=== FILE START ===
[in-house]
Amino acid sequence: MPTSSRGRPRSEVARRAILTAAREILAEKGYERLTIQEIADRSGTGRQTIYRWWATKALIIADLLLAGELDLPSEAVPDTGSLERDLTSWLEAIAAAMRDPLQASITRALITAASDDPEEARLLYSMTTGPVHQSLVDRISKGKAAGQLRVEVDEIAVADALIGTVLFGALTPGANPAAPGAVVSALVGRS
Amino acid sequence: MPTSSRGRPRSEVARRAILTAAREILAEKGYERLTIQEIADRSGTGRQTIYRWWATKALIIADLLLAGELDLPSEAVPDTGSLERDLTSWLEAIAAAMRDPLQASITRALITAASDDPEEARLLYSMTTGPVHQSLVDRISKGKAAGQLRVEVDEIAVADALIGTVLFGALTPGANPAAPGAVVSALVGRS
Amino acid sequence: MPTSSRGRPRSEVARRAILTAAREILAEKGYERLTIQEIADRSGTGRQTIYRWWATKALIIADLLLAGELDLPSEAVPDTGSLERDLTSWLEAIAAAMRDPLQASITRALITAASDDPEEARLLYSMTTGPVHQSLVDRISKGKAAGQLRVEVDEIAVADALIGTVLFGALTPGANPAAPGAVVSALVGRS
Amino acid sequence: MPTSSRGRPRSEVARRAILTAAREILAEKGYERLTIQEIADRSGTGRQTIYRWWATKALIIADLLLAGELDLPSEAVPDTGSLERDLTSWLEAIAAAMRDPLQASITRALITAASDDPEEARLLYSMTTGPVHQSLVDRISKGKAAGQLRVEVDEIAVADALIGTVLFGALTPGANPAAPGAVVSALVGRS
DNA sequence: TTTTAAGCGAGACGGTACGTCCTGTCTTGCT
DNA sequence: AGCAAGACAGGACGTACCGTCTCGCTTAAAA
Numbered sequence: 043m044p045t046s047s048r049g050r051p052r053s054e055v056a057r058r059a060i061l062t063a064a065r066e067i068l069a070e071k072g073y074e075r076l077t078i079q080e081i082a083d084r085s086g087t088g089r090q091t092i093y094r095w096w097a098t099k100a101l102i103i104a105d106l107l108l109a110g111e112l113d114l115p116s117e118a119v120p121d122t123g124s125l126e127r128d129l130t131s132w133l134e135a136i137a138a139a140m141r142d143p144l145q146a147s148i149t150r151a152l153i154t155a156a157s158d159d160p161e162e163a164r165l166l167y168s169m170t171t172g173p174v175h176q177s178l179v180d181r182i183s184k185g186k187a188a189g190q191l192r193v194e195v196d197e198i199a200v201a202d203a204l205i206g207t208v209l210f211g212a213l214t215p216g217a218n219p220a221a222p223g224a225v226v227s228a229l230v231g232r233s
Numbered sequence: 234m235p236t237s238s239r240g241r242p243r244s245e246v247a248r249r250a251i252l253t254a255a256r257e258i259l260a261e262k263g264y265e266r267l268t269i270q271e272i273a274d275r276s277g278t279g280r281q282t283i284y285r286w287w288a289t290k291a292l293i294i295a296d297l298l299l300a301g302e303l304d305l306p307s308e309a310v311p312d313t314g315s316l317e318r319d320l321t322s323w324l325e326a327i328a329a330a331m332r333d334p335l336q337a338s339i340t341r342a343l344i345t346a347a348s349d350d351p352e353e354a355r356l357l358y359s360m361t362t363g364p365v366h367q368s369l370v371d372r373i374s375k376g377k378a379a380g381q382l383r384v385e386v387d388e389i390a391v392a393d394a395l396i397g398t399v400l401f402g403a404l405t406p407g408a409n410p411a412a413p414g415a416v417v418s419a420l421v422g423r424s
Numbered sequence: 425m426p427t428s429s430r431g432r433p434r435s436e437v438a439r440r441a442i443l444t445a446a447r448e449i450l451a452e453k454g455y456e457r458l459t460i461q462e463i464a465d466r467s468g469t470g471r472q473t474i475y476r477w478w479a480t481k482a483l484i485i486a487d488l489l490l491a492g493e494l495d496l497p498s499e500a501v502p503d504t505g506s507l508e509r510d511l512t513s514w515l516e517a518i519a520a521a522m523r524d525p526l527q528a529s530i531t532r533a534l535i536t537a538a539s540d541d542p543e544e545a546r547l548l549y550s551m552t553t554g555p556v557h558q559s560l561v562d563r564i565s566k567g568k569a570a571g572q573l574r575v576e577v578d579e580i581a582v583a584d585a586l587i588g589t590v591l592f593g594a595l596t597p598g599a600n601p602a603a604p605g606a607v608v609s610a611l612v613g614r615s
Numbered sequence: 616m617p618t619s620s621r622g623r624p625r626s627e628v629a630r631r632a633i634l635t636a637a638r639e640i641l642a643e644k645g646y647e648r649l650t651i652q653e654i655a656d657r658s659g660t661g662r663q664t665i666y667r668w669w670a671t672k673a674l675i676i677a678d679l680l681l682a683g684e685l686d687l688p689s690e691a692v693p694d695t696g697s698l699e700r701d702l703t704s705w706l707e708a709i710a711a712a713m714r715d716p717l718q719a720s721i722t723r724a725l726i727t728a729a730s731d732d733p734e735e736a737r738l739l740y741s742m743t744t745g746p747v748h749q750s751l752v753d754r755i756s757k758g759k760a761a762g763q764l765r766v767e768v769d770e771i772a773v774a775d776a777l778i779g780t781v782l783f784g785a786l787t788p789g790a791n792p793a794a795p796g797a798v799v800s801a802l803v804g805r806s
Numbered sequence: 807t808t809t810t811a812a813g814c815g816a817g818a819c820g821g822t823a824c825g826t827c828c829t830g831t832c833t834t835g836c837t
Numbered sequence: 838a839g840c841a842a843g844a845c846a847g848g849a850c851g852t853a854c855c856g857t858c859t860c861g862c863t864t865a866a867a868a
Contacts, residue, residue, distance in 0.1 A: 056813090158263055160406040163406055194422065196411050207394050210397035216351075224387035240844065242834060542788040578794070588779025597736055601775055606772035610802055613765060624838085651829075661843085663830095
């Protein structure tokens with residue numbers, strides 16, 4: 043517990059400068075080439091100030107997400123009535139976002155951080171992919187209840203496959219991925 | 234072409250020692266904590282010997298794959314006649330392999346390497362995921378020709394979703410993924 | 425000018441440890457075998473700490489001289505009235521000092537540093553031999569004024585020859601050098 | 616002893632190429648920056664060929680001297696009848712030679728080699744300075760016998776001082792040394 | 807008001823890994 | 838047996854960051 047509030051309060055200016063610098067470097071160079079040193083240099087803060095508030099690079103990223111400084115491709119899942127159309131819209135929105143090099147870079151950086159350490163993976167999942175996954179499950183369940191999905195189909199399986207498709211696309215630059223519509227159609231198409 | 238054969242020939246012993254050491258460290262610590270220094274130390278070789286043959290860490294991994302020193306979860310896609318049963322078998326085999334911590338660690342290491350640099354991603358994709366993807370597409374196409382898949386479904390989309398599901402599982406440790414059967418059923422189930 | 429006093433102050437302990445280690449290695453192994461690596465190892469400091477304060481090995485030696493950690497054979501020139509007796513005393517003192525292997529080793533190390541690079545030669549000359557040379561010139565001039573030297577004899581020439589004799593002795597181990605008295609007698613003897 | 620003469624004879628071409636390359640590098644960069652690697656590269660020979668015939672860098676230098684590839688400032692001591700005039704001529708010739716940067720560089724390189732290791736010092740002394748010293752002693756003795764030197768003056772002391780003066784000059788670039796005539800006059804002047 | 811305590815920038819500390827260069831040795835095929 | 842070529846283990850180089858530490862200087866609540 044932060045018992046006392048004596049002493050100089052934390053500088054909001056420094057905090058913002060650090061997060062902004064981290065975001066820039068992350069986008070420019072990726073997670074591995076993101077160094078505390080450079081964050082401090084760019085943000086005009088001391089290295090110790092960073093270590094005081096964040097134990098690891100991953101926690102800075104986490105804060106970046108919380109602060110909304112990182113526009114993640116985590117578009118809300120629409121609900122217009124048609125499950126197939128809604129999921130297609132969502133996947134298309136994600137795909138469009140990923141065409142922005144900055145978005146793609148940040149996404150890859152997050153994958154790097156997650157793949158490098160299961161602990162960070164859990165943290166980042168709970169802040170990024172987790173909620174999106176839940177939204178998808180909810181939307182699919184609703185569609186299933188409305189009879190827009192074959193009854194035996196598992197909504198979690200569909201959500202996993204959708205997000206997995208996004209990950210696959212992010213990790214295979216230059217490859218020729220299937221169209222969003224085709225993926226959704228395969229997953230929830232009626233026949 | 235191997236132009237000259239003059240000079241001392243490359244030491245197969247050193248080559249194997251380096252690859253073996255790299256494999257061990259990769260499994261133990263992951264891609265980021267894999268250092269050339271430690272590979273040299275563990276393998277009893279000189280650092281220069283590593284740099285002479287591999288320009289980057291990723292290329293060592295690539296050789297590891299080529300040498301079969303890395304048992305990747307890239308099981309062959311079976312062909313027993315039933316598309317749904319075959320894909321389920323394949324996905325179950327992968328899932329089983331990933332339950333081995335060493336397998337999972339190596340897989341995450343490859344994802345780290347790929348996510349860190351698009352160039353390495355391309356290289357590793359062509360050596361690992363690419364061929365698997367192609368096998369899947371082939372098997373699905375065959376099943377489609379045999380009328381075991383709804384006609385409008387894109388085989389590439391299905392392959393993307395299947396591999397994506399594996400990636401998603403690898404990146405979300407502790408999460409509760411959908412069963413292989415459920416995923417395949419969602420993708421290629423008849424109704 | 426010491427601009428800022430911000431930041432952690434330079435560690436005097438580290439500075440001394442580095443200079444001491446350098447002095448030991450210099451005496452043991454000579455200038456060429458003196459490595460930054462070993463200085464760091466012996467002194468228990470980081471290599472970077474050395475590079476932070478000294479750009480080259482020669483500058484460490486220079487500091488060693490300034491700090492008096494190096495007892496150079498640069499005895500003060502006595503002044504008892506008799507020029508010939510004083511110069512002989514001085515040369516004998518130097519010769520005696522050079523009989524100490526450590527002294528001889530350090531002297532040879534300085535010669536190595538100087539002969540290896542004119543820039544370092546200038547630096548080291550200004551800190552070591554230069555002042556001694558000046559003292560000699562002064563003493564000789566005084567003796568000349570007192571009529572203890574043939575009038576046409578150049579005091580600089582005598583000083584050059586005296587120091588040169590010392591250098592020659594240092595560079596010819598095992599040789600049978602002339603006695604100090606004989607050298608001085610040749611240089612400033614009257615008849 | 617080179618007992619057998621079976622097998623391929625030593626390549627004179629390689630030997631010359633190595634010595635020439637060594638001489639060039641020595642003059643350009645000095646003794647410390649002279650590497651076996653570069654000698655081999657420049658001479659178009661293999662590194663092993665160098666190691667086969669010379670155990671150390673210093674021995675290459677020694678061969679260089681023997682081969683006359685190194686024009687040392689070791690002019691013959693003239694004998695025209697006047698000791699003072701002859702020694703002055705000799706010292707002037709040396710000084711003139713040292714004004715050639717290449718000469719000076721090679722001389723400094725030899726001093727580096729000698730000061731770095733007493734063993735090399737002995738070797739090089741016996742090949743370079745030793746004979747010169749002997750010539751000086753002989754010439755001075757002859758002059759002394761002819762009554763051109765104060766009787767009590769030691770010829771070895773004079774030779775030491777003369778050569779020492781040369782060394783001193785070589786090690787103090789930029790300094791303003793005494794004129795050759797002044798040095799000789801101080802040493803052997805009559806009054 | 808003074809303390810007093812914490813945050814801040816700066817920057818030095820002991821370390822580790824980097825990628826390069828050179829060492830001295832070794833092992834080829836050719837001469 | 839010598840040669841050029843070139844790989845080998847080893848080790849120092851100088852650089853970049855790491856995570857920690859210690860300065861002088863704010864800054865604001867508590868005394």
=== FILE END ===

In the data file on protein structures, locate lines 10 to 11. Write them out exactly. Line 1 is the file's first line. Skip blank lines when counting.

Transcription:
Numbered sequence: 425m426p427t428s429s430r431g432r433p434r435s436e437v438a439r440r441a442i443l444t445a446a447r448e449i450l451a452e453k454g455y456e457r458l459t460i461q462e463i464a465d466r467s468g469t470g471r472q473t474i475y476r477w478w479a480t481k482a483l484i485i486a487d488l489l490l491a492g493e494l495d496l497p498s499e500a501v502p503d504t505g506s507l508e509r510d511l512t513s514w515l516e517a518i519a520a521a522m523r524d525p526l527q528a529s530i531t532r533a534l535i536t537a538a539s540d541d542p543e544e545a546r547l548l549y550s551m552t553t554g555p556v557h558q559s560l561v562d563r564i565s566k567g568k569a570a571g572q573l574r575v576e577v578d579e580i581a582v583a584d585a586l587i588g589t590v591l592f593g594a595l596t597p598g599a600n601p602a603a604p605g606a607v608v609s610a611l612v613g614r615s
Numbered sequence: 616m617p618t619s620s621r622g623r624p625r626s627e628v629a630r631r632a633i634l635t636a637a638r639e640i641l642a643e644k645g646y647e648r649l650t651i652q653e654i655a656d657r658s659g660t661g662r663q664t665i666y667r668w669w670a671t672k673a674l675i676i677a678d679l680l681l682a683g684e685l686d687l688p689s690e691a692v693p694d695t696g697s698l699e700r701d702l703t704s705w706l707e708a709i710a711a712a713m714r715d716p717l718q719a720s721i722t723r724a725l726i727t728a729a730s731d732d733p734e735e736a737r738l739l740y741s742m743t744t745g746p747v748h749q750s751l752v753d754r755i756s757k758g759k760a761a762g763q764l765r766v767e768v769d770e771i772a773v774a775d776a777l778i779g780t781v782l783f784g785a786l787t788p789g790a791n792p793a794a795p796g797a798v799v800s801a802l803v804g805r806s